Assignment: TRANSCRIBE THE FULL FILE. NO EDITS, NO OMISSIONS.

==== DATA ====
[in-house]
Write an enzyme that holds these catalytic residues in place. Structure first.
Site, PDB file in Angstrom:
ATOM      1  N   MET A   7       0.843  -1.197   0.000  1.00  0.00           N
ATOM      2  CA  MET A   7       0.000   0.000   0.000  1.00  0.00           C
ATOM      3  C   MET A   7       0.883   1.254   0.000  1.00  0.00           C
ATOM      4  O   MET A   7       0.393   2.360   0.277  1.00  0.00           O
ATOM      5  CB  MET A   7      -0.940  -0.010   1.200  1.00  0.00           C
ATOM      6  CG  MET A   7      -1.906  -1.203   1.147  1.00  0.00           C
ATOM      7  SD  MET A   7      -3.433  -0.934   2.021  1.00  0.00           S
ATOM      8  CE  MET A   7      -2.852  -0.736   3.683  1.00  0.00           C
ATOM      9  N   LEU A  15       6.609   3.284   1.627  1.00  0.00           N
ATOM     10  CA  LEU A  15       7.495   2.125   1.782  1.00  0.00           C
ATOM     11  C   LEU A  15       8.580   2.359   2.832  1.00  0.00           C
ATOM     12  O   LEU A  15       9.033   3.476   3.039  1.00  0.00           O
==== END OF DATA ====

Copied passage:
[in-house]
Write an enzyme that holds these catalytic residues in place. Structure first.
Site, PDB file in Angstrom:
ATOM      1  N   MET A   7       0.843  -1.197   0.000  1.00  0.00           N
ATOM      2  CA  MET A   7       0.000   0.000   0.000  1.00  0.00           C
ATOM      3  C   MET A   7       0.883   1.254   0.000  1.00  0.00           C
ATOM      4  O   MET A   7       0.393   2.360   0.277  1.00  0.00           O
ATOM      5  CB  MET A   7      -0.940  -0.010   1.200  1.00  0.00           C
ATOM      6  CG  MET A   7      -1.906  -1.203   1.147  1.00  0.00           C
ATOM      7  SD  MET A   7      -3.433  -0.934   2.021  1.00  0.00           S
ATOM      8  CE  MET A   7      -2.852  -0.736   3.683  1.00  0.00           C
ATOM      9  N   LEU A  15       6.609   3.284   1.627  1.00  0.00           N
ATOM     10  CA  LEU A  15       7.495   2.125   1.782  1.00  0.00           C
ATOM     11  C   LEU A  15       8.580   2.359   2.832  1.00  0.00           C
ATOM     12  O   LEU A  15       9.033   3.476   3.039  1.00  0.00           O